Motorola CEO Talks Global Domination
In addition to revealing Motorola’s openness in making smartphones running on Microsoft’s Windows Phone 7 platform if the company was given the access that Nokia has, Motorola CEO Sanjay Jha talks about his company’s plans for global Android domination. The company, which had fallen after the RAZR era, had seen a turnaround when it had partnered with Google and Verizon Wireless in releasing Droid smartphones. As Verizon has now found a new best friend in Apple, Motorola too is looking to diversify and expand its global reach.
Interestingly, at the Oppenheimer Annual Technology & Communications Conference, Jha says that the Droid Bionic is an ‘important product,’ but that the device won’t be ‘the only product’ suggesting that the company has more high-end smartphones coming out. This makes sense as we’ve seen a rumored Motorola Atrix HD being rumored for AT&T, and we’ve recently heard rumblings about a Motorola Admiral handset being positioned for Sprint.
However, what’s interesting is that despite the second- and third-generation franchises under the Droid X and Droid brands, Motorola seems relatively surprised at their successes. The Droid X2 was released with an updated dual-core processor but maintained the same form factor as the predecessor but upped the screen resolution. A lot of minor changes–larger screen, improved keyboard, high resolution display, and dual-core CPU–helped to make the Droid 3 the best Droid smartphone to date for the company. Additionally, as Motorola is branching out from Verizon, it is also met with new success with the high-end Photon 4G on Sprint, as well as the high-end pre-paid Triumph smartphone for Sprint subsidiary Virgin Mobile USA. Motorola is working with Sprint to launch a number of new devices this year.
In terms of tablets, the company is anticipating a big 2nd half of 2011 push with new tablets. Admitting its failure with a high-priced 3G/4G model through Verizon rather than a more aggressive WiFi push, Jha says, ”Price points move much faster than we anticipated. We needed to launch globally with WiFi much earlier. You will see us launch in 2nd half with our tablets, much more aggressive form factors, much greater differentiation in terms of enterprise capability, in terms of multimedia and in terms of distribution. And potentially some marketing plans behind that.”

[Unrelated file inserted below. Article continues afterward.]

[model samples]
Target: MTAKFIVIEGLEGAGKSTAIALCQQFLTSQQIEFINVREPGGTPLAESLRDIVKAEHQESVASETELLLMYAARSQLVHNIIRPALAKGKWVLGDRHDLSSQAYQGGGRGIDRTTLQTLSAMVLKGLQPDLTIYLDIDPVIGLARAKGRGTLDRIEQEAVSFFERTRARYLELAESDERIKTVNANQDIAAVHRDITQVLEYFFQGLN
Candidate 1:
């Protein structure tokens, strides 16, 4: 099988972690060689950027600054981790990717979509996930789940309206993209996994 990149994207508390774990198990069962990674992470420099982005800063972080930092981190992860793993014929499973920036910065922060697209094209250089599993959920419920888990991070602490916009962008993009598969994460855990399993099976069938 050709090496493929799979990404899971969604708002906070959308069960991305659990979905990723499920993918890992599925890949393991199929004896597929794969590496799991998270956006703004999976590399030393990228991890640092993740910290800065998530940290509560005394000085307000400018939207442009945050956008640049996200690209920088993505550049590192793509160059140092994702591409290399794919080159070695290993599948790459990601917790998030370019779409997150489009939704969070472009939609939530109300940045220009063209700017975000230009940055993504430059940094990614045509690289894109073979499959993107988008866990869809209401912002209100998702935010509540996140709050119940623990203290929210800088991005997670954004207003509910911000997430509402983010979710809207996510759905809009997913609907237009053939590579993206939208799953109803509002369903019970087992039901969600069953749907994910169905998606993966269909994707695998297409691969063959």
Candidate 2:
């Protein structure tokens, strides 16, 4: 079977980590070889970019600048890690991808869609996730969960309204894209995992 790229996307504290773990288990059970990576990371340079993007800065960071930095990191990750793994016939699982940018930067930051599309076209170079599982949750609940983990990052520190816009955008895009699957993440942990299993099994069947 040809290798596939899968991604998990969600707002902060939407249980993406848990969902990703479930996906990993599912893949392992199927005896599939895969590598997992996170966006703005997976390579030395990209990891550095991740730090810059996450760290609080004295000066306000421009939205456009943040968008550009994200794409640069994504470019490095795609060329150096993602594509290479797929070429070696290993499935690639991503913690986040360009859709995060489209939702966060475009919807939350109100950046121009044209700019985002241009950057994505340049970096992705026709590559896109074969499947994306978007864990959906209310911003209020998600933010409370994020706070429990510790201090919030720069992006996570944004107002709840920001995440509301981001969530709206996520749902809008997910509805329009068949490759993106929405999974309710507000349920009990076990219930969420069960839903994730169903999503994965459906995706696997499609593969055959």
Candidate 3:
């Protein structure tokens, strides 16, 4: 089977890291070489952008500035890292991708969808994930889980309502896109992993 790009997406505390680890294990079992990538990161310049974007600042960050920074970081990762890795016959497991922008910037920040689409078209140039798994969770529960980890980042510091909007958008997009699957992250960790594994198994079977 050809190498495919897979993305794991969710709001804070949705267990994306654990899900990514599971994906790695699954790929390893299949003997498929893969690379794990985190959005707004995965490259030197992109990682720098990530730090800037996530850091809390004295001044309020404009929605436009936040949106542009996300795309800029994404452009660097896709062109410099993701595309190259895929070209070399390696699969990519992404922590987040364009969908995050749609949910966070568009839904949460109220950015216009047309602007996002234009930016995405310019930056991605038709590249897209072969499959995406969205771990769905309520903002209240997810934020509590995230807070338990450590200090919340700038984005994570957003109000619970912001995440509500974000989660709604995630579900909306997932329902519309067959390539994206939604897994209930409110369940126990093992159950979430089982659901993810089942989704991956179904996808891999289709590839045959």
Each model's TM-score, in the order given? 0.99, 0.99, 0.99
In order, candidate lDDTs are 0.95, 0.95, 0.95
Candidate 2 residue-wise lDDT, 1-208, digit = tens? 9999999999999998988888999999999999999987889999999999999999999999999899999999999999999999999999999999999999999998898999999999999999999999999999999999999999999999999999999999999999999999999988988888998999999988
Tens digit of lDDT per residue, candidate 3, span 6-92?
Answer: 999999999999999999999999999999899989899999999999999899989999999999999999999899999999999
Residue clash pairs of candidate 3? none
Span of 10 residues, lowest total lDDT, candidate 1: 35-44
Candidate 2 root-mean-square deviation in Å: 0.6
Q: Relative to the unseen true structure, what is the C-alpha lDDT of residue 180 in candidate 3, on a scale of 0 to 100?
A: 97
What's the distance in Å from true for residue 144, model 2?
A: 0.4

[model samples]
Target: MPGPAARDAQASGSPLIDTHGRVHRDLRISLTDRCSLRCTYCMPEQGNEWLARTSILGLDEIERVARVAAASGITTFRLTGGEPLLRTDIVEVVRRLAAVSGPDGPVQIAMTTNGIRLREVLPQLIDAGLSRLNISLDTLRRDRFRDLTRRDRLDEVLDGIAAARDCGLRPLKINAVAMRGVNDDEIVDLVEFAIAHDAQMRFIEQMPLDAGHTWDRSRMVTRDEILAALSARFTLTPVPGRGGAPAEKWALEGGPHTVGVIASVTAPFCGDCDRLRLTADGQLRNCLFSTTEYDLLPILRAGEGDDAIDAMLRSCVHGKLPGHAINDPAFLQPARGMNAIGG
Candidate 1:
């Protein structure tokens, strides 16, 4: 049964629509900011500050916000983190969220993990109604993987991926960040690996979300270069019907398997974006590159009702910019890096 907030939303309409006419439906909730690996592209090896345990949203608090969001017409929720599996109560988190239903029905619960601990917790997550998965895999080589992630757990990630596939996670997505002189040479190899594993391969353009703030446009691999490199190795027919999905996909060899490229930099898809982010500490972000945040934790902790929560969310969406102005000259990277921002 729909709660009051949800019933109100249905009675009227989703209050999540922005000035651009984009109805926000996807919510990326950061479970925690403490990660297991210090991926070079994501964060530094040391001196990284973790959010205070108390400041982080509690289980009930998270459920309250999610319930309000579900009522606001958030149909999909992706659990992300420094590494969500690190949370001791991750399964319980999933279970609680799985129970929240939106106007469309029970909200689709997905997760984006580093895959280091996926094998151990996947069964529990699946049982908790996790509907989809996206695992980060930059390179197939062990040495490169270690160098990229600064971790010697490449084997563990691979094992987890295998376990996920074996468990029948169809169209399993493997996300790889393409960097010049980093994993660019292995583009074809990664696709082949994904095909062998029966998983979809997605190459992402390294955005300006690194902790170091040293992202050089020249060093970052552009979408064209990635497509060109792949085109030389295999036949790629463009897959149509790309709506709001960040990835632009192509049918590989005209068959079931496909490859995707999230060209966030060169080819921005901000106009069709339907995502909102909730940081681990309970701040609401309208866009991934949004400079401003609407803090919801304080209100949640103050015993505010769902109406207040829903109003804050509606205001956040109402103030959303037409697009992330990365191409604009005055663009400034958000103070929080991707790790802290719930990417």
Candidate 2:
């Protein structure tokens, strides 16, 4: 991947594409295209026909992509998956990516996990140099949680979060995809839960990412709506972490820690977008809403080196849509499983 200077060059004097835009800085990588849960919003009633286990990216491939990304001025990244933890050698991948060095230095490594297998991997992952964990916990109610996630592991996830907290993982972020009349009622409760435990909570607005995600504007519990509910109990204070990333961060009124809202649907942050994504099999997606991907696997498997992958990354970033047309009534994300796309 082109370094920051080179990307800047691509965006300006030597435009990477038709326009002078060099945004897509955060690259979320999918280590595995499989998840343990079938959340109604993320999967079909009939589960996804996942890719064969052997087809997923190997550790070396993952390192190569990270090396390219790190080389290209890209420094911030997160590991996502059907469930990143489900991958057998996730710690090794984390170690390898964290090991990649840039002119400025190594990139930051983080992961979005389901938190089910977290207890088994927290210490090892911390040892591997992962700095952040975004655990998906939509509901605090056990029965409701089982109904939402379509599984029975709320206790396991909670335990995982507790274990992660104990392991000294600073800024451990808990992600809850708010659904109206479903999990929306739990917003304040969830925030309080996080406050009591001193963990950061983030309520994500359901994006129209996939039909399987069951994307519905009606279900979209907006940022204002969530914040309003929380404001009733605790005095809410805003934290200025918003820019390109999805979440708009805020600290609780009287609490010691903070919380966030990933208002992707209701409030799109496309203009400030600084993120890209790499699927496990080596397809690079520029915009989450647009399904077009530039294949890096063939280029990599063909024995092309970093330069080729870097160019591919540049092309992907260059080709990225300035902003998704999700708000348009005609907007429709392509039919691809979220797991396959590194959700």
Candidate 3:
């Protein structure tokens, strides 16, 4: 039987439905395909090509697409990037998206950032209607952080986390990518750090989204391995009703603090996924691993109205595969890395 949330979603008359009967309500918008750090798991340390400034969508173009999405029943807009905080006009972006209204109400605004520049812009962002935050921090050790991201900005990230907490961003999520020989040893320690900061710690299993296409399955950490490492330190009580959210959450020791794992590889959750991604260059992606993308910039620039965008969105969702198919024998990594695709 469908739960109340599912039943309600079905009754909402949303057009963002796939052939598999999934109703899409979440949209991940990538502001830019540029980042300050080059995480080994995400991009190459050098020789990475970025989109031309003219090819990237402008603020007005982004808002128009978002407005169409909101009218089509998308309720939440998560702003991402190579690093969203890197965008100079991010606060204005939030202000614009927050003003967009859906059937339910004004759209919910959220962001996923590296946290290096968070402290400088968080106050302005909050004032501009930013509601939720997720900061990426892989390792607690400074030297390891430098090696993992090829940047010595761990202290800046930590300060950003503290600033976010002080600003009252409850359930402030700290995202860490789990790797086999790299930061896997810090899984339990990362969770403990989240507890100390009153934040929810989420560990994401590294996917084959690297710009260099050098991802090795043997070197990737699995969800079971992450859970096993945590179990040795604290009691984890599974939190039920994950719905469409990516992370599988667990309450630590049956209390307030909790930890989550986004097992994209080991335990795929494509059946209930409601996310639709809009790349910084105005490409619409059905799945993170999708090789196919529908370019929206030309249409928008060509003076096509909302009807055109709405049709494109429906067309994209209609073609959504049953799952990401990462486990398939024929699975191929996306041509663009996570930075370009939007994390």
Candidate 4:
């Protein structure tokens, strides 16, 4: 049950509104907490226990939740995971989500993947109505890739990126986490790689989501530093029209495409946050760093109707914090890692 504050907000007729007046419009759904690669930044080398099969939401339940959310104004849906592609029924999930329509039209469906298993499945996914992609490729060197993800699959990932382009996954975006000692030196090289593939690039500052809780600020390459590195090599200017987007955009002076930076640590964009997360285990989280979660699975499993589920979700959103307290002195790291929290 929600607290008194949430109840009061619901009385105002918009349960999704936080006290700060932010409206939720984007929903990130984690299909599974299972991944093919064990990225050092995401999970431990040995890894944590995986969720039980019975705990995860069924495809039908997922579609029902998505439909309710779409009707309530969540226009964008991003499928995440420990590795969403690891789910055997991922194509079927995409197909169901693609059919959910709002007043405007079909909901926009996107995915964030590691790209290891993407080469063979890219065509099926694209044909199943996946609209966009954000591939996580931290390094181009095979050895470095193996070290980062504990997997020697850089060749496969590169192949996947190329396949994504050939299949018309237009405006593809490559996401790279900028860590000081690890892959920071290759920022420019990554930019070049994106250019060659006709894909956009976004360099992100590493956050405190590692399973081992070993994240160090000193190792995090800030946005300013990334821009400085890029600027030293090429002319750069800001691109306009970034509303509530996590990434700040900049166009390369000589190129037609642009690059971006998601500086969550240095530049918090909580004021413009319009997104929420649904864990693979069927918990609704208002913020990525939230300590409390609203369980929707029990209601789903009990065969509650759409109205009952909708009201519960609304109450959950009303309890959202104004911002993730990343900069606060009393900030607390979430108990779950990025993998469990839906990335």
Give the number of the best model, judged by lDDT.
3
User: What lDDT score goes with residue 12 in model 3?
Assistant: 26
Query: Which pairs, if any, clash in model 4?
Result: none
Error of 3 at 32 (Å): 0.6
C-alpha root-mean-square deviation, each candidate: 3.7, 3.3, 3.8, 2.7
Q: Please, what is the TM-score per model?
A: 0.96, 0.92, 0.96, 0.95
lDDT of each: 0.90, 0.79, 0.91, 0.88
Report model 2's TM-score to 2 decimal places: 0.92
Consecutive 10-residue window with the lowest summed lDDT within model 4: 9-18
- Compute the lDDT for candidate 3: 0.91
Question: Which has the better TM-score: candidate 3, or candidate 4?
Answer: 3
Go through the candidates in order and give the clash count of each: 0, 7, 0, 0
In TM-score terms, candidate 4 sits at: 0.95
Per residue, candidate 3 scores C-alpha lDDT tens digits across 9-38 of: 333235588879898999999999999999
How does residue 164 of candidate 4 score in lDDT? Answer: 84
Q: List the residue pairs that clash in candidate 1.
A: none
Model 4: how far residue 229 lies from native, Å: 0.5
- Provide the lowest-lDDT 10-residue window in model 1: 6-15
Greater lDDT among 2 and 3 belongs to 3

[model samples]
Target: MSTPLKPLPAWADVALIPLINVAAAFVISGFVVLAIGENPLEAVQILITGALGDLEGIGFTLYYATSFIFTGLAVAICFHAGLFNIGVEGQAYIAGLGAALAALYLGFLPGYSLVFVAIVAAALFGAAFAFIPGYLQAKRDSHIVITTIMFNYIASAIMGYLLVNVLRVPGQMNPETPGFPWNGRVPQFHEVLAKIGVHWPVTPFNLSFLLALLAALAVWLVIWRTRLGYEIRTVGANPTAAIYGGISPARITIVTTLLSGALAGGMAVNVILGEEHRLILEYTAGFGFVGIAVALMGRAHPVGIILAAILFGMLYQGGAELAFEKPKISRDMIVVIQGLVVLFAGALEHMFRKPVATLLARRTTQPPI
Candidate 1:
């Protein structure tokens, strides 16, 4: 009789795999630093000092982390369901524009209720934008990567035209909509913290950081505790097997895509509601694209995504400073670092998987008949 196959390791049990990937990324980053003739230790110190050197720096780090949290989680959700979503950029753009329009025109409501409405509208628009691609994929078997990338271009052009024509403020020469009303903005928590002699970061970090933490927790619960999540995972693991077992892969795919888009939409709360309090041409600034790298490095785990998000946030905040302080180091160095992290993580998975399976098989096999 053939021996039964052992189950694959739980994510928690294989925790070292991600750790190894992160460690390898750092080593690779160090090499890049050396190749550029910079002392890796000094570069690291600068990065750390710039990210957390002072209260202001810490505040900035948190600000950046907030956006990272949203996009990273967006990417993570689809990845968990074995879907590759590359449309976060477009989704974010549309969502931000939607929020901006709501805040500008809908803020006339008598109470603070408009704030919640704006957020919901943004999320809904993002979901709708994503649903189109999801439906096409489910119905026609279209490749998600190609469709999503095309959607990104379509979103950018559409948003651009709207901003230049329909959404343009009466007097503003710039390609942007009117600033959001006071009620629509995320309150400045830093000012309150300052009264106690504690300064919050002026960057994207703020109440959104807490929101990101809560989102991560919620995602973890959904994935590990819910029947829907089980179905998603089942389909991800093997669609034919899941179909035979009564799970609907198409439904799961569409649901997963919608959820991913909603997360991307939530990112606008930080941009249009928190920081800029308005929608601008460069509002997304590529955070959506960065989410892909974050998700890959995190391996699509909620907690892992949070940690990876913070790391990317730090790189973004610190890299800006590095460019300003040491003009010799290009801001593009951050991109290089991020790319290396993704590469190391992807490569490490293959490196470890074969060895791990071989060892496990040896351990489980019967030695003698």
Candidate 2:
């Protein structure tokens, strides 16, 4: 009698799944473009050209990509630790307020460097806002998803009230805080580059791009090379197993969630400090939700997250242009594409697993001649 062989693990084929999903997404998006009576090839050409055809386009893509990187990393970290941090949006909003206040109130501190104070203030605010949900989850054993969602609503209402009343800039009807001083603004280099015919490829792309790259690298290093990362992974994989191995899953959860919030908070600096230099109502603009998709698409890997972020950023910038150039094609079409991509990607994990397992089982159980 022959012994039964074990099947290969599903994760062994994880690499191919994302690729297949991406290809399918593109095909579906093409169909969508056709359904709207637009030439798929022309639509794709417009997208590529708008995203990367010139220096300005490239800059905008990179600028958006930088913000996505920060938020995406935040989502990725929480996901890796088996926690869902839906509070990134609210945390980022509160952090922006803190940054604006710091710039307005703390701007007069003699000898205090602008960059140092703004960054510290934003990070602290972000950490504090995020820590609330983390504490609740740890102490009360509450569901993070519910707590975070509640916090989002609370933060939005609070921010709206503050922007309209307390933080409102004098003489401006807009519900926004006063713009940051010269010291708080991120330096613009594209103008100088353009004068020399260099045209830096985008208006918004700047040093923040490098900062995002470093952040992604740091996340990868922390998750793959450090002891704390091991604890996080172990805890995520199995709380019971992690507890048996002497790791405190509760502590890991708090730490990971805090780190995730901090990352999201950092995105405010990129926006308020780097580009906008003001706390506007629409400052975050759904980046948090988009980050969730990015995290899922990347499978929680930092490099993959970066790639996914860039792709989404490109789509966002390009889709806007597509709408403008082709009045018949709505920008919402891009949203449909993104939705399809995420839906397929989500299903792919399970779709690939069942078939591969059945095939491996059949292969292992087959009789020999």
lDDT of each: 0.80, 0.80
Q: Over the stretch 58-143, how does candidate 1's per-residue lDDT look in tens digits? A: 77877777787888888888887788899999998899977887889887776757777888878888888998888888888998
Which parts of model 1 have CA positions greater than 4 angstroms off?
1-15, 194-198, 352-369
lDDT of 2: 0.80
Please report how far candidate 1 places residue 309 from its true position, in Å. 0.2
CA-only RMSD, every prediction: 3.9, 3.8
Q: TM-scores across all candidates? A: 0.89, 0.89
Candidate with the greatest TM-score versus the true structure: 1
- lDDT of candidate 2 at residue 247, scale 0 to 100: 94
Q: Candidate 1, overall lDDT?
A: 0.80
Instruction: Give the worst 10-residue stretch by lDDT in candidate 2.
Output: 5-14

However, not all is bad. While Jha admits that being first–on the Honeycomb-powered Xoom–had its downsides as the company didn’t know what to expect in the rapidly changing mobile technology field, Jha concedes that “By and large, largely it’s a very positive thing.” Despite the uncertainties presented, Jha still wants to be first with Ice Cream Sandwich, though we’re not sure if Google will be relying on Motorola or one of the company’s rivals to manufacture the first Ice Cream Sandwich devices.
Beyond the Droid era, Motorola is envisioning a global brand like what rival Samsung is doing with the Galaxy branded smartphones and tablets. This will help Motorola consolidate its marketing push behind one brand, rather than disparate products spanning several brands, and increase consumer awareness.
To this end, we’ve heard of the Motorola KORE branding, which would make sense given the multi-’core’ nature of today’s smartphone and Motorola’s recent promotion of its dual-core smartphones. Part of the boot-up image and animation on dual-core Android smartphones that Motorola makes entails a graphic display saying ‘Motorola Dual-Core Technology,’ and the KORE branding could be an extension of that as we are now eyeing quad-core phones in the near future.
Speaking of Microsoft and Windows Phone, curiously, before the Motorola Droid 1 was released as an Android smartphone, there were speculations that indicated that Motorola had positioned the device as a Windows Phone 7 device. However, at the time, Microsoft was still behind on its OS release and released a stepping stone Windows Mobile 6.5 OS to bridge the gap between Windows Mobile 6.0/6.1 and Windows Phone 7, forcing Motorola to turn to Google. Now, as we know, the rest is history.